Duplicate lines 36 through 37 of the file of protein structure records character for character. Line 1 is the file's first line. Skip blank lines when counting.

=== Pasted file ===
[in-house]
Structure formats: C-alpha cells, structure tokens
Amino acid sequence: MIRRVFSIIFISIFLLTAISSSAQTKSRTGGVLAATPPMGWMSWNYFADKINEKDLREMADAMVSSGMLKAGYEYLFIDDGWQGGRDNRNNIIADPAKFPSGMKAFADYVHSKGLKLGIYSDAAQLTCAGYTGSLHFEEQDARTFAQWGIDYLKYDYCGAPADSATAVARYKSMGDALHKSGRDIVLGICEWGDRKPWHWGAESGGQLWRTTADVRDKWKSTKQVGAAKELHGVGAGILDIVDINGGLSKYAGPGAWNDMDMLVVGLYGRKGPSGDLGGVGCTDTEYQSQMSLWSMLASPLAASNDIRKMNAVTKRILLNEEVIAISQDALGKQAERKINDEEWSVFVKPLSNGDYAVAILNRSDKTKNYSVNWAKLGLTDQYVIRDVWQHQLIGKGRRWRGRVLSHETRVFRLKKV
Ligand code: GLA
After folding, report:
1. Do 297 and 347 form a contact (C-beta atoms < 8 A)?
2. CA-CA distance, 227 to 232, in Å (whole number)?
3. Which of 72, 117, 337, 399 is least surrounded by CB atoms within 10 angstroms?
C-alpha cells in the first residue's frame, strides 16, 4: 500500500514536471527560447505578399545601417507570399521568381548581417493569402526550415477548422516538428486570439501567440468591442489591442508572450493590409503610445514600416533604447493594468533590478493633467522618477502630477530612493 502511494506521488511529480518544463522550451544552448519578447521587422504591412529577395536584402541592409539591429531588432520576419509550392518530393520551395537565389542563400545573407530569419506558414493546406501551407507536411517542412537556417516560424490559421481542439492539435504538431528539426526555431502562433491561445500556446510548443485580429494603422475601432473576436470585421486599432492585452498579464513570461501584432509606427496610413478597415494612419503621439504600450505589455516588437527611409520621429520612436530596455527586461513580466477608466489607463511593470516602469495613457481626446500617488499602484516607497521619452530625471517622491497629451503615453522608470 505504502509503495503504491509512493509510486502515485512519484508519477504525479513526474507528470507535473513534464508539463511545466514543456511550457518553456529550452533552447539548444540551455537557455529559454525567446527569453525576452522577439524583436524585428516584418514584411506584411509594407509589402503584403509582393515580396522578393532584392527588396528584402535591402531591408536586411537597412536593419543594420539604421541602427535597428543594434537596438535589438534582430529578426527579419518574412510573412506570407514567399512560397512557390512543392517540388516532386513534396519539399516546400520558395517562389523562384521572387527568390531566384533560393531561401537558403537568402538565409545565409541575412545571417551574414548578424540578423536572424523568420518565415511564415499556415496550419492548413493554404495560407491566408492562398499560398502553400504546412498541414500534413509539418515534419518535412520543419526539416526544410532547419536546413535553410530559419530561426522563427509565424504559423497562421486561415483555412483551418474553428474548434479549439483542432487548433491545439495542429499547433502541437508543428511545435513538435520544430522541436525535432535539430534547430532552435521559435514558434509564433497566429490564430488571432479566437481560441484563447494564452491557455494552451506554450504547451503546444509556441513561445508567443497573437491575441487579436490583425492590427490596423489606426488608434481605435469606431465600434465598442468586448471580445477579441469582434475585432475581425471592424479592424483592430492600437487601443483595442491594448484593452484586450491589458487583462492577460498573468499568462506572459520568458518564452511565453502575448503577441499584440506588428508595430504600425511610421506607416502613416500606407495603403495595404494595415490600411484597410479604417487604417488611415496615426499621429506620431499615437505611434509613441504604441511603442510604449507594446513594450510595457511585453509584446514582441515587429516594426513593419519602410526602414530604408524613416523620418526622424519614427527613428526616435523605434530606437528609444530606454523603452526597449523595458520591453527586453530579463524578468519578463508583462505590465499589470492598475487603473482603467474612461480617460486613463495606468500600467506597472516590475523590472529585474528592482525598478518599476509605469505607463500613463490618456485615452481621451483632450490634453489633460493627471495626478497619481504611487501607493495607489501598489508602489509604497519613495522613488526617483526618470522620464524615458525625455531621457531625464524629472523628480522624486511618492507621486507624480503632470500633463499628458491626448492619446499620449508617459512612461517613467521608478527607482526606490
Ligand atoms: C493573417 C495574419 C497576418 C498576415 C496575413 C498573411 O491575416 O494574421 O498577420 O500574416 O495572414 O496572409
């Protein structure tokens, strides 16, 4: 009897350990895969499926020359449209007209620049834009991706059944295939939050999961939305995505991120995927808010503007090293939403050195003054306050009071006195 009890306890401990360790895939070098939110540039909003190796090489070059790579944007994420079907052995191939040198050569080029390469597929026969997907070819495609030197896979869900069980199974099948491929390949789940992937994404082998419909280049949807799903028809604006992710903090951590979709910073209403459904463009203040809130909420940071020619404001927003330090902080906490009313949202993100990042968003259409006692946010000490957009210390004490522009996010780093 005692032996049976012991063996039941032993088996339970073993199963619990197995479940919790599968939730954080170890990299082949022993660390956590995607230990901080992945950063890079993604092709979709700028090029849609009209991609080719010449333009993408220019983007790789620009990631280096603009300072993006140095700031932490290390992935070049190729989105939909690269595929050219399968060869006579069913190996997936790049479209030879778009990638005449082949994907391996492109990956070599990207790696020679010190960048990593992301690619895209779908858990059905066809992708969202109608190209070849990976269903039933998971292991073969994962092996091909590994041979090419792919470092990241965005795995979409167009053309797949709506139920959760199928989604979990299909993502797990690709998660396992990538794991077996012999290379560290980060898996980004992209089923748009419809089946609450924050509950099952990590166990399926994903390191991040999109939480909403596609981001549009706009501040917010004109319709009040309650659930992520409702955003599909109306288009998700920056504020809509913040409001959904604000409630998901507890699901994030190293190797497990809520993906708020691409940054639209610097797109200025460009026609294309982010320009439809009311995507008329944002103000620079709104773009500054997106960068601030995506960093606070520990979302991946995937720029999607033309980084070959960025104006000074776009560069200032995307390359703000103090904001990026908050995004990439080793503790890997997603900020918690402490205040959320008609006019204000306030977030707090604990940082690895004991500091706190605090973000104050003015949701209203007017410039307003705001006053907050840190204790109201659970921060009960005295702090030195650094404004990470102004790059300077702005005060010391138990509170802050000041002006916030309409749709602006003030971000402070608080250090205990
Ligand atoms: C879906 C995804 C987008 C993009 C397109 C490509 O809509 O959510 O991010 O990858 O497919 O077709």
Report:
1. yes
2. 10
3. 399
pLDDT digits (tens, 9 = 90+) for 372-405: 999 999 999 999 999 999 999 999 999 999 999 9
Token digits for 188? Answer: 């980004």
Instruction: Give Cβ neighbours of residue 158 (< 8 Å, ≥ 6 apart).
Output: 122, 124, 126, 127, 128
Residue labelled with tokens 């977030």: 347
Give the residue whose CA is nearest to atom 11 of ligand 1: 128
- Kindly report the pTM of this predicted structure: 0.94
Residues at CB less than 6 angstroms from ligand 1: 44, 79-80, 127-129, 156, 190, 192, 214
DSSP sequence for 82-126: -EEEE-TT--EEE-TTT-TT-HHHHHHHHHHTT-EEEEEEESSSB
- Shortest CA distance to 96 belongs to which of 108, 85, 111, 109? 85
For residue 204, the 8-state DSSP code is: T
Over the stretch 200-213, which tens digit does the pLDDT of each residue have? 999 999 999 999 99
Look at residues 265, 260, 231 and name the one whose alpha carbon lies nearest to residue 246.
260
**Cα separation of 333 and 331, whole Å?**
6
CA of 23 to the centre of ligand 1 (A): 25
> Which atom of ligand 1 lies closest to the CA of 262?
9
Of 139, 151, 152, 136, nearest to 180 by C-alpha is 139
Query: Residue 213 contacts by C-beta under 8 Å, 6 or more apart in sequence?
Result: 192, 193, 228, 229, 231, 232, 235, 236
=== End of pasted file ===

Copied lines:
Of 139, 151, 152, 136, nearest to 180 by C-alpha is 139
Query: Residue 213 contacts by C-beta under 8 Å, 6 or more apart in sequence?